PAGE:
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Tuesday, December 18, 2018

Cash is king, even as ATM growth slackens

Despite predictions to the contrary, cash remains a staple if the American consumer's payment choices. That's an underlying message gleaned from the 2018 Health of Cash Study, prepared by Cardtronics.

Separately, a new report by the strategic research and consulting firm RBR predicts a decline in worldwide ATM installations over the next several years as Chinese consumers' growing adoption of digital payments contracts demands there for cash. According to RBR's Global ATM Market and Forecasts to 2023, the worldwide installed base of ATMs peaked at 3.28 million in 2017 and will drop to 3.23 million by the end of 2023.

China is by far the largest ATM market, with nearly a quarter of the all installed ATMs, the RBR report noted. But that market began to contract in 2017, when deployers shuttered 20,000 ATMs. "China's burgeoning middle class has embraced digital payments enthusiastically, and as demand for cash falls the number of ATMs in the country is expected to continue dropping," RBR said in a statement on the study.

Nevertheless, cash usage remains strong in many parts of the world, including Asian, Middle Eastern and African markets, RBR stated. In fact, if China is excluded from its calculations, RBR said, worldwide ATM totals will grow, from 2.5 million to 2.7 million by 2023. "Convenient access to cash remains a priority for a great many customers around the world, and ATMs will continue to be a key cash delivery channel in the years to come," said Rowan Berridge, the RBR executive who led the market and forecasts research.

Consumers like choices

Results of the Cardtronics study seem to back up this assertion. It found, for example, that 72 percent of U.S. consumers use cash regularly, and almost half (46 percent) said they would stop going to a store or restaurant they like if the establishment stopped accepting cash payments. Overall, cash is the second most preferred method of payment (cited by 28 percent of consumers surveyed by Cardtronics), behind debit cards (37 percent) but ahead of credit cards (20 percent) and digital wallets (13 percent).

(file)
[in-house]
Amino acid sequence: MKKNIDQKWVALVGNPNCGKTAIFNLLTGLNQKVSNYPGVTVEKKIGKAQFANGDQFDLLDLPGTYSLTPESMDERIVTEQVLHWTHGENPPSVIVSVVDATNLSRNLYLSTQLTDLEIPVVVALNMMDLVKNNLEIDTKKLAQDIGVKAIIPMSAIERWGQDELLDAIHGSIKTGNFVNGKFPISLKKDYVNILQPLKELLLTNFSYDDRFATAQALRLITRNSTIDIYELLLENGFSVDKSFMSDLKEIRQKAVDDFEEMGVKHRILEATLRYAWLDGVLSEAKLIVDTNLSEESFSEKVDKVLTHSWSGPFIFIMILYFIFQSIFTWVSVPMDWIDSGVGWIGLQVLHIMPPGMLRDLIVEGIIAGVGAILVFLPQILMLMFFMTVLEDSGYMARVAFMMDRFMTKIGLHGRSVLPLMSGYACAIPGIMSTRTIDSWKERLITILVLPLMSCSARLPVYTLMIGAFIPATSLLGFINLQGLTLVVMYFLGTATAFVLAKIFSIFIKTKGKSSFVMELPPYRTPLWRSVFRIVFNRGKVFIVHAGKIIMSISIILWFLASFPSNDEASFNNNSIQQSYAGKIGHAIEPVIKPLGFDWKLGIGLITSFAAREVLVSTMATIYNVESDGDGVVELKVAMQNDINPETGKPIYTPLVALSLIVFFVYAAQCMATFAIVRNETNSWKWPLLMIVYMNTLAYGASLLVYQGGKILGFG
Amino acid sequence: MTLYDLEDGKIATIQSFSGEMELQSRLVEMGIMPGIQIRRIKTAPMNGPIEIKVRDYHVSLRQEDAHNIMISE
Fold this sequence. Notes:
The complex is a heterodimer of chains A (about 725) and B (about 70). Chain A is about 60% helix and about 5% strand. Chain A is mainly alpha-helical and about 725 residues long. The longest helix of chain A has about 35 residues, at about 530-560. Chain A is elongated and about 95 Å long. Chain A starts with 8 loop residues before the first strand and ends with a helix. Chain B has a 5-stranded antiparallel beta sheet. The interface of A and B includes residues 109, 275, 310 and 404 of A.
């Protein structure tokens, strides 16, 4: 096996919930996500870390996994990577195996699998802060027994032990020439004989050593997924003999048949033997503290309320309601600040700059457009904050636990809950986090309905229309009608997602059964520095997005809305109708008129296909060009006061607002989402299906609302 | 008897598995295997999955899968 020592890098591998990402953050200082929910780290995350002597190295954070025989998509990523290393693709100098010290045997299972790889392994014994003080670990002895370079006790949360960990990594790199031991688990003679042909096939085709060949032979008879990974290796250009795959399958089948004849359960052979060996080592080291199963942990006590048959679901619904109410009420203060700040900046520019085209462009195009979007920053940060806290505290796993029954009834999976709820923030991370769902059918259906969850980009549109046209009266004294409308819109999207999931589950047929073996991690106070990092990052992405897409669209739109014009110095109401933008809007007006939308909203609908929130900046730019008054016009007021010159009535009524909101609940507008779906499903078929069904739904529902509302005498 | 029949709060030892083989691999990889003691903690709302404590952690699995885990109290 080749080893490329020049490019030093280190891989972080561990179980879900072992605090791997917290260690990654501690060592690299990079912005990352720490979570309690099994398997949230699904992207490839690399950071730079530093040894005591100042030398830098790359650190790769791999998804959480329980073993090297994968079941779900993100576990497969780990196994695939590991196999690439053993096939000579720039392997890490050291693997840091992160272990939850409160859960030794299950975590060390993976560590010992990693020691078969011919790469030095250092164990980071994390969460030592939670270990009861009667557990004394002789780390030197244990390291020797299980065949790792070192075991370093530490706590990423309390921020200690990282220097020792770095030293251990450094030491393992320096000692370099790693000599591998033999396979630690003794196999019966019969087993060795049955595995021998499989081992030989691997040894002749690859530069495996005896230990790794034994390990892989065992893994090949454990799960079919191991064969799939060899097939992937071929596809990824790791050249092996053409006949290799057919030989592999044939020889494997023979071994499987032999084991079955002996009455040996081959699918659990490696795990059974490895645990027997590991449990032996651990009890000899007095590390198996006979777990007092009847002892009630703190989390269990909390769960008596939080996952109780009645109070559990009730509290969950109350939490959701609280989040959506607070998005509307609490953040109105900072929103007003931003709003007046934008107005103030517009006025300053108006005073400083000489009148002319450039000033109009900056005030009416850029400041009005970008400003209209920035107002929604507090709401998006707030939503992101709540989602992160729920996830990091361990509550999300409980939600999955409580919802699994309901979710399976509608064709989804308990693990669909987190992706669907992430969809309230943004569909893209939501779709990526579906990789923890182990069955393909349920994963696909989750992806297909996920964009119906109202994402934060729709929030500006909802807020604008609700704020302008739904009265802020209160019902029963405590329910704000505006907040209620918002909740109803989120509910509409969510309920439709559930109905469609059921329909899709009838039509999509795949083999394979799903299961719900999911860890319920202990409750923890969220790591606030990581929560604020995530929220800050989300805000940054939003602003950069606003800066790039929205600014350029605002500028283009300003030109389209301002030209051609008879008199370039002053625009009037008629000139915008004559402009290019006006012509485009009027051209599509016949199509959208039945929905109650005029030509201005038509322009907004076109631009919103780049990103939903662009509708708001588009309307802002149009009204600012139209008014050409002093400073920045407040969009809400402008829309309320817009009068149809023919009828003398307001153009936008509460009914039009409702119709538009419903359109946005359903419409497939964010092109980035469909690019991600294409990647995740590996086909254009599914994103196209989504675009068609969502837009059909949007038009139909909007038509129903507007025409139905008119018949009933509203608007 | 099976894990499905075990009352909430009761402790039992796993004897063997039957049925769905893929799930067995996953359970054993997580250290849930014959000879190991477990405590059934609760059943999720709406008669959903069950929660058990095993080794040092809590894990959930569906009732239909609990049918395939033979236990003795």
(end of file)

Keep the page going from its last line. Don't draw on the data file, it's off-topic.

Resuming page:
"The primary conclusions for the Health of Cash Study are that U.S. consumers do not want to be told how they should pay for things and services they acquire," said Brian Bailey, executive vice president and managing director of Cardtronics North America. "In looking at their payment options, consumers see unique benefits in cash as more than just a store of value – they consider cash to be an important part of their social safety net, a critical tool in emergencies."

Consumer preferences don't seem to be dictated by geography either. Ninety-four percent of urban residents and 93 percent of rural residents said they like having a variety of payment options available. Seventy-one percent of urban residents and 67 percent of their rural counterparts indicated they are using a greater number of payment methods today than in times past.

Payment preferences can be influenced by situations, however. Cash, for example, is far and away the most preferred method for leaving tips, impulse purchases, buying snacks and paying/receiving money from family and friends. On the other hand, consumers told Cardtronics they are more apt to use credit and debit cards when purchasing expensive items and gasoline. end of article

Editor's Note:

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